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University of Colorado Denver | Anschutz Medical Campus

University of Colorado Denver, Newsroom

Events raise awareness of interpersonal violence

Red flags fly as symbol of campaign

4/12/2012
Volunteers at Red Flag Campaign

By Amanda Heersink | University Communications

DENVER - A field of red flags and bunches of red balloons fluttered in the breeze outside the Tivoli Student Center on the Auraria Campus today as part of the ongoing campaign to raise awareness and stop interpersonal violence.
 
The Red Flag Campaign is a public awareness campaign designed to address dating violence and promote the prevention of dating violence on college campuses.
 
Today's activities continue the theme all during April of Sexual Assault Awareness Month -- a national effort. On the Auraria Campus the events are a joint effort by CU Denver Office of Student Life; Women's Resource Center; and The Phoenix Center at Auraria.
 
Various activities are planned throughout the month, which kicked off last week with the Clothesline Project. This showcases shirts decorated and hanging on display in the Tivoli Atrium. The Clothesline Project started in 1990 on Cape Cod, Mass., to address the issue of violence against women. It's a way for people affected by violence to express their emotions by decorating a shirt as testimony to the problem of violence against women.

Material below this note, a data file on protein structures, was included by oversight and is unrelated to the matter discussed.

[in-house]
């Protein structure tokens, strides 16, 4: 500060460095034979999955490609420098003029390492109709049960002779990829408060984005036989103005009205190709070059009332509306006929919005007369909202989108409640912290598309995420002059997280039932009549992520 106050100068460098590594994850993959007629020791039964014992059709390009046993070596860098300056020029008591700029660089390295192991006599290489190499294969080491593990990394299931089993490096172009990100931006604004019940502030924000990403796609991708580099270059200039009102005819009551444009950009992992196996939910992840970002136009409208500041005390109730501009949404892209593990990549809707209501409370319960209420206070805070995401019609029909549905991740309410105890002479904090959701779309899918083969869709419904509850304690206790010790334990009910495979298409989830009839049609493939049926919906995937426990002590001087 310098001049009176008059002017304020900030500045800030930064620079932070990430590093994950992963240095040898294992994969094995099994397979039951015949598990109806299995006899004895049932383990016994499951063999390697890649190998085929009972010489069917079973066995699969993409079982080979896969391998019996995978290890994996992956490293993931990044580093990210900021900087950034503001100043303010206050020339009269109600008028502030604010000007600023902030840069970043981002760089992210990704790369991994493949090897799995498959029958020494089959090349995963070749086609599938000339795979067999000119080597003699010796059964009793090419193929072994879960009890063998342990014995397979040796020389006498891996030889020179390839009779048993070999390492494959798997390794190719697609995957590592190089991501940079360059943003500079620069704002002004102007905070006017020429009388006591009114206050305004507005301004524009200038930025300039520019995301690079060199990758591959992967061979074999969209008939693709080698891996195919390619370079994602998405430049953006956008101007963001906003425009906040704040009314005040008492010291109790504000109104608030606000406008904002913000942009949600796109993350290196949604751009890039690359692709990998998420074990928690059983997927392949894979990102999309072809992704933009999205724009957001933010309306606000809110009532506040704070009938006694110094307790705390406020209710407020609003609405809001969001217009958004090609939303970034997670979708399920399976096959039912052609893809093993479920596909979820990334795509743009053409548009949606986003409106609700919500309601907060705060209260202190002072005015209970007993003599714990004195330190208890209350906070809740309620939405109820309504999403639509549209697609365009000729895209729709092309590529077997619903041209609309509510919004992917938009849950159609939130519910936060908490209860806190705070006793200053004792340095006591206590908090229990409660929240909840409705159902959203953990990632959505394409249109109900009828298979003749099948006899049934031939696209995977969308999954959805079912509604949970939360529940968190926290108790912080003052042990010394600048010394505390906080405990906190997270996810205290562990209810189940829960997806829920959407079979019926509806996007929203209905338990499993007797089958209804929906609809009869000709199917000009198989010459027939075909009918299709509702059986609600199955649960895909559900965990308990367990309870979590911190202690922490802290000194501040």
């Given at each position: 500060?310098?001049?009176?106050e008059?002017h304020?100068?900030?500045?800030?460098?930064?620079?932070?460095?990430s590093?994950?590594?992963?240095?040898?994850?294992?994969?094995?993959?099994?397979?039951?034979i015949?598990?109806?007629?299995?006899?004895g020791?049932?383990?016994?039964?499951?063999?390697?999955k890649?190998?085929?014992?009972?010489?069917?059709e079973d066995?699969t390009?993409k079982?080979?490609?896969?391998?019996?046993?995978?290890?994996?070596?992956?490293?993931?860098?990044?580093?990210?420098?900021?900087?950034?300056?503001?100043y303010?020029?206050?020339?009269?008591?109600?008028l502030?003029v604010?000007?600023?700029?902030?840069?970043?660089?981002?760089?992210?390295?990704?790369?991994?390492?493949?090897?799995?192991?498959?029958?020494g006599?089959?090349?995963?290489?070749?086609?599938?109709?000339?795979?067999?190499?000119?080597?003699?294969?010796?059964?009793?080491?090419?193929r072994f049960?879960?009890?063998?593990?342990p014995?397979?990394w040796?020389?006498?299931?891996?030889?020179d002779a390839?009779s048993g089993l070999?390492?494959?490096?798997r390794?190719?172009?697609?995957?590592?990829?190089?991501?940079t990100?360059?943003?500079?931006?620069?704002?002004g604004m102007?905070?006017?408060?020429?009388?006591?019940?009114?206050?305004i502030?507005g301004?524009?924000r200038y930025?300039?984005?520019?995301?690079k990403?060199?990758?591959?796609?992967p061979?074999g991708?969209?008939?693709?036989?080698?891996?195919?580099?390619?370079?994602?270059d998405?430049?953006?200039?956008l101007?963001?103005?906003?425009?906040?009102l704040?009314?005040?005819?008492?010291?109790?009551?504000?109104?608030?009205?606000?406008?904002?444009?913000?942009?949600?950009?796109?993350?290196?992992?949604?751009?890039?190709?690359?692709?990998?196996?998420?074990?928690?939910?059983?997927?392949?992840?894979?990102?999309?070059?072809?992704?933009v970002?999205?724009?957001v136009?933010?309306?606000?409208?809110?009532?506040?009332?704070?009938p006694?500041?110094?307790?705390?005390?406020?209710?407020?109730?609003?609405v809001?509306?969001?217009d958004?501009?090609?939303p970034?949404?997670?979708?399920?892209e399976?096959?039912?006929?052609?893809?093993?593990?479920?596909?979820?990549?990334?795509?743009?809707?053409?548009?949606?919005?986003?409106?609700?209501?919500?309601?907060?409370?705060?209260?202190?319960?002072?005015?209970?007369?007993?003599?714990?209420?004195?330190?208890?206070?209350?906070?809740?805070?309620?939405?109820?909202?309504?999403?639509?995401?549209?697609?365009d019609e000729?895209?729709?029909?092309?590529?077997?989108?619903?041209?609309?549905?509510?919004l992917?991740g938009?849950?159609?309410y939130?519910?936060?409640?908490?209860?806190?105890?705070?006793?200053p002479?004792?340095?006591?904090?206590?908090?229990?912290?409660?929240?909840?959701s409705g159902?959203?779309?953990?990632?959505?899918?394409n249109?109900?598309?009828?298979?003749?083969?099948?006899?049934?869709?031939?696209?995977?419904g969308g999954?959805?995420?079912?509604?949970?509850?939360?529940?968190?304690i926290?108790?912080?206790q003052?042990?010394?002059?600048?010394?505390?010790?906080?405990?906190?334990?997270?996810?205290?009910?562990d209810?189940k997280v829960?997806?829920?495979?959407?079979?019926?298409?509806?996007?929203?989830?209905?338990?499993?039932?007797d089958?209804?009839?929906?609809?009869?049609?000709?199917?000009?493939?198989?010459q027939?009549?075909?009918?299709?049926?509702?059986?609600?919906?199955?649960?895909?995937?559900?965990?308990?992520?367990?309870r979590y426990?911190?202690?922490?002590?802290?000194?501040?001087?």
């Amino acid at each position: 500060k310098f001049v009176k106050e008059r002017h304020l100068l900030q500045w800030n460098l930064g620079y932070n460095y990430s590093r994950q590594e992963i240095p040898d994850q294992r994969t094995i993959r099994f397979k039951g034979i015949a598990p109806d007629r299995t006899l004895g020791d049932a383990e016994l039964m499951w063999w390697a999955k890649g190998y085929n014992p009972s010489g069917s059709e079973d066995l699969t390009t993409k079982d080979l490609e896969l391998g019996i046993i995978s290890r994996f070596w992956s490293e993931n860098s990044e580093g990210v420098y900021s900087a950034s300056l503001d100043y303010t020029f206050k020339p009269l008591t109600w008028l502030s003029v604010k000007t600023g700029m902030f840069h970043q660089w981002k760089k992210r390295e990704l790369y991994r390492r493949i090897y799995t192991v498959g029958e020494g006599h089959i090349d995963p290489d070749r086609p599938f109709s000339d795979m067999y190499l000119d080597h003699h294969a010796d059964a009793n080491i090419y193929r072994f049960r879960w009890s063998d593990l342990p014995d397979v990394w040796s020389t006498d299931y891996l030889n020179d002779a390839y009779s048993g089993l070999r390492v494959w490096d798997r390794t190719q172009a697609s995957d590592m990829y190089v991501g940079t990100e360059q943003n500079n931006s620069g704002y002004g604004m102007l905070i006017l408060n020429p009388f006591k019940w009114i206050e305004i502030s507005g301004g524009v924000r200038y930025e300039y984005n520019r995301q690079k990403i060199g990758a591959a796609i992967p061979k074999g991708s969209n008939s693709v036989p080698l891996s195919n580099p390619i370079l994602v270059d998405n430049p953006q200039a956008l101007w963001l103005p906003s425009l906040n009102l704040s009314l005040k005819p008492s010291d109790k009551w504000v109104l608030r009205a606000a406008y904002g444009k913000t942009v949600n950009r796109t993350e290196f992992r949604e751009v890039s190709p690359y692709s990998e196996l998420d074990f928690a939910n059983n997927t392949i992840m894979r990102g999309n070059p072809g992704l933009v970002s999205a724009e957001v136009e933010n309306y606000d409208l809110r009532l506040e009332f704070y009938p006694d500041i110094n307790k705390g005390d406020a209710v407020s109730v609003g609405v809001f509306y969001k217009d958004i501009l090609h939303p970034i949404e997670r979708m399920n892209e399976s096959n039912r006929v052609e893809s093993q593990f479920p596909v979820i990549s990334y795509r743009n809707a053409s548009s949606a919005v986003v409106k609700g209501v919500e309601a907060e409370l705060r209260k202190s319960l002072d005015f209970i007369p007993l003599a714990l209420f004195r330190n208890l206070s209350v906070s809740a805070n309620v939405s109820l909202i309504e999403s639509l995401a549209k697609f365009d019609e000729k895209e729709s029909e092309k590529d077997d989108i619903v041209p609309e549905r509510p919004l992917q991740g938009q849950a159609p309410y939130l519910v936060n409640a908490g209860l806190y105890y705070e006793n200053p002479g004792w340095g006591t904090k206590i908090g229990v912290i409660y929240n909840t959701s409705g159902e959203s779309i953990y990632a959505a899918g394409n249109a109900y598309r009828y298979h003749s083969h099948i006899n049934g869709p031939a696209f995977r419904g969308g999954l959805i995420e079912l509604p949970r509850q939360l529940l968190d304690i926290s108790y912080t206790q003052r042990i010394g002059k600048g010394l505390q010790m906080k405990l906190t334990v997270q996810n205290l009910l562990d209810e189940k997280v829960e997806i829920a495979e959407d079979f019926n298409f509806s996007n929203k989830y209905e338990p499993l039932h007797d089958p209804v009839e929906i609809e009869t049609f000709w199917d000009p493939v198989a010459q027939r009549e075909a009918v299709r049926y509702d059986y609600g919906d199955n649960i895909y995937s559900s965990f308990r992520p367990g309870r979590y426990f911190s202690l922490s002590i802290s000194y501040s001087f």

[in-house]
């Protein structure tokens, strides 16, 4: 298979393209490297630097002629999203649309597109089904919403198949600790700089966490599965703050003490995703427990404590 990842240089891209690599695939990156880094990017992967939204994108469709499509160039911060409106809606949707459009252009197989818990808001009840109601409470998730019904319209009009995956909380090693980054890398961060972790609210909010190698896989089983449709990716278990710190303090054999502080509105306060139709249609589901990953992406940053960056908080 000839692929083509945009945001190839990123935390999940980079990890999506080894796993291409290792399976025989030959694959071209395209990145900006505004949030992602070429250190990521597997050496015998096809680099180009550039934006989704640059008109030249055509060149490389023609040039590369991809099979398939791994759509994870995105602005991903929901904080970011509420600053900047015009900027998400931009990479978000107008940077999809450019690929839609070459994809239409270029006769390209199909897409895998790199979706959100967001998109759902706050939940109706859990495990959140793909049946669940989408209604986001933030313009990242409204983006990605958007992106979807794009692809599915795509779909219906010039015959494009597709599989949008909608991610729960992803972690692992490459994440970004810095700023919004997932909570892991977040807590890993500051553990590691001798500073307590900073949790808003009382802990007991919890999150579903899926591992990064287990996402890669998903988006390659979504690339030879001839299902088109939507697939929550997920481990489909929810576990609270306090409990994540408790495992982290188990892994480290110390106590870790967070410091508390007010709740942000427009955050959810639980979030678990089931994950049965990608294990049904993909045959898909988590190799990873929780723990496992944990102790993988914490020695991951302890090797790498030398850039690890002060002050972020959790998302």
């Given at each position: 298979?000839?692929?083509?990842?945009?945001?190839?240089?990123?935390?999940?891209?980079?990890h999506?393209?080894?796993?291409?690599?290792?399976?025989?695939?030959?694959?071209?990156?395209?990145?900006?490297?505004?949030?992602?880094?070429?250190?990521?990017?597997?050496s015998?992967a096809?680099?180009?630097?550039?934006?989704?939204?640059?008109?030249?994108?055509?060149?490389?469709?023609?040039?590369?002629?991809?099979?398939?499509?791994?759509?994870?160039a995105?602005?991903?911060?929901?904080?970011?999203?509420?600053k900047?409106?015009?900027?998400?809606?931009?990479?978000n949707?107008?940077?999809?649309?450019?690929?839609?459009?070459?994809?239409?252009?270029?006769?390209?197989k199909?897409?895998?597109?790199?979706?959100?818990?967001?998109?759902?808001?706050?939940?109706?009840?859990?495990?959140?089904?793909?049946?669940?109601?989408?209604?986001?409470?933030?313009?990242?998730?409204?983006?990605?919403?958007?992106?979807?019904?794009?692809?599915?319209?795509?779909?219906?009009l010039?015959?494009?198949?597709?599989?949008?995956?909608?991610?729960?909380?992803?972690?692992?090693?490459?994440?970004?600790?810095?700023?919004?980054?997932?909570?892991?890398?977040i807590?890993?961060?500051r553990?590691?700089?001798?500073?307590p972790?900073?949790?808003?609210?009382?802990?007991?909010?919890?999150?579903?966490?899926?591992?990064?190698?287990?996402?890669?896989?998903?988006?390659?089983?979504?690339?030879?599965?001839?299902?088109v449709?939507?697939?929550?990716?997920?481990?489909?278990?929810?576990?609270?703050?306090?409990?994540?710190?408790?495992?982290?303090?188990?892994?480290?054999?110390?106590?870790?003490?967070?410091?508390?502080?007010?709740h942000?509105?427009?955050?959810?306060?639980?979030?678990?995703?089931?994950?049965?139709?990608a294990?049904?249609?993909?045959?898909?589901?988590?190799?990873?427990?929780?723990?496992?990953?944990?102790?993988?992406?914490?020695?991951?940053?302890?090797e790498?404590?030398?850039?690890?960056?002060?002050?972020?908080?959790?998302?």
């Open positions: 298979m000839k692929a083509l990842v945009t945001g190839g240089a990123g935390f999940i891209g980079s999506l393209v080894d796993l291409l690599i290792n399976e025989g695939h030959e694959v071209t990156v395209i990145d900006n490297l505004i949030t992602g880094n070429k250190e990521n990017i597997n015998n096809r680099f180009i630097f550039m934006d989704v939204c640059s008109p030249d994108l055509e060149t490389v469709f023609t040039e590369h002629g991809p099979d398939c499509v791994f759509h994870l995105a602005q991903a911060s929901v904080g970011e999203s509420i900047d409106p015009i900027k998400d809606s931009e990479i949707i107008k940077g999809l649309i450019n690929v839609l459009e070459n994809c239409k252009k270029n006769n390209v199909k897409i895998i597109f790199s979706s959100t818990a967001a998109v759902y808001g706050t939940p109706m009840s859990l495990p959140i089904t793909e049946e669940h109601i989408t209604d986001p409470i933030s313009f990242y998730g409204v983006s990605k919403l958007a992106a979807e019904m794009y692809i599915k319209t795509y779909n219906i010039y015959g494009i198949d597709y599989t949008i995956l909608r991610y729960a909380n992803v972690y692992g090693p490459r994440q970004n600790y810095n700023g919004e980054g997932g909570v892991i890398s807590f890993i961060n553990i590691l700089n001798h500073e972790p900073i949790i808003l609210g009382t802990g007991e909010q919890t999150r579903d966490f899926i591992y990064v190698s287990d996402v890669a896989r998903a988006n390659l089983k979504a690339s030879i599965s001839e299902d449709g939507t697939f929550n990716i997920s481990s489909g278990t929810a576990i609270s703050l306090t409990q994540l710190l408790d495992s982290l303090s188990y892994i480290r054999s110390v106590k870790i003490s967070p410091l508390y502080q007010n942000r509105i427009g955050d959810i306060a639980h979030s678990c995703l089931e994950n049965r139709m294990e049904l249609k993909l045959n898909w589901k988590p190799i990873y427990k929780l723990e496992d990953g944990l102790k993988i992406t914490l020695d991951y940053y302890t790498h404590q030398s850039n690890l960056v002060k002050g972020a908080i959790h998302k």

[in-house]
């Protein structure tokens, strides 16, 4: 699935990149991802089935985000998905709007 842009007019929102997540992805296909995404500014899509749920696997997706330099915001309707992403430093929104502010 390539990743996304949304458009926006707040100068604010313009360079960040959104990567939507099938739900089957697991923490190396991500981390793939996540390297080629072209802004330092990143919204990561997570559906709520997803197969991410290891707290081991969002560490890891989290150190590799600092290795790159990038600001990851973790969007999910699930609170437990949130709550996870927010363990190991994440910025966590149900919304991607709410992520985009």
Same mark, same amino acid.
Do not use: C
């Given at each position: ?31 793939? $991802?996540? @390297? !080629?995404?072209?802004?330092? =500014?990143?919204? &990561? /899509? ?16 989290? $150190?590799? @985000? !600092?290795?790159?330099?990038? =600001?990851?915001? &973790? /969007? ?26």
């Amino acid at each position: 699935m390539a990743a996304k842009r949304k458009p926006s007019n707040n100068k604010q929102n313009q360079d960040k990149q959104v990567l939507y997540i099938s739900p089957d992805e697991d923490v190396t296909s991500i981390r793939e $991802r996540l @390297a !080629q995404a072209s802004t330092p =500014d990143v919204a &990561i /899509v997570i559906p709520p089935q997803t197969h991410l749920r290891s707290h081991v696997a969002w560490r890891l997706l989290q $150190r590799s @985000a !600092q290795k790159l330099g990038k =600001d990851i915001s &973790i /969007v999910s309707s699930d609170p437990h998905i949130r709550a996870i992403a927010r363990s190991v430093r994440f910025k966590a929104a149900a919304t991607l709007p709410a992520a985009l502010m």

Shirts can be decorated in CU Denver Office of Student Life, The Phoenix Center or GLBT Student Services offices.
 
Today's Red Flag Rally preceded a talk in the Turnhalle by author and feminist activist Gail Dines. Approximately 150 people gathered to hear Dines in the Turnhalle.
 
Dines in the TurnhalleShe's a professor of sociology and women’s studies at Wheelock College in Boston. Her writing and lectures focus on the hypersexualization of the culture and the ways that porn images filter down into mainstream pop culture. Dine’s work on media and pornography has appeared in academic journals, magazines such as Time and Newsweek, and newspapers across the country. Recipient of the Myers Center Award for the Study of Human Rights, Dines is a founding member of Stop Porn Culture – an educational and activist group made up of academics, anti-violence experts, community organizers and concerned citizens.  
 
Her comments today touched on the frequency of sexual assault but also the willingness of people to step up to address the problem. She talked about how we are always comparing ourselves to 'Hollywood' when we know that it's not real. Dines spoke about “feminism as a movement of liberation not empowerment.”
 
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Contact: amanda.heersink@ucdenver.edu

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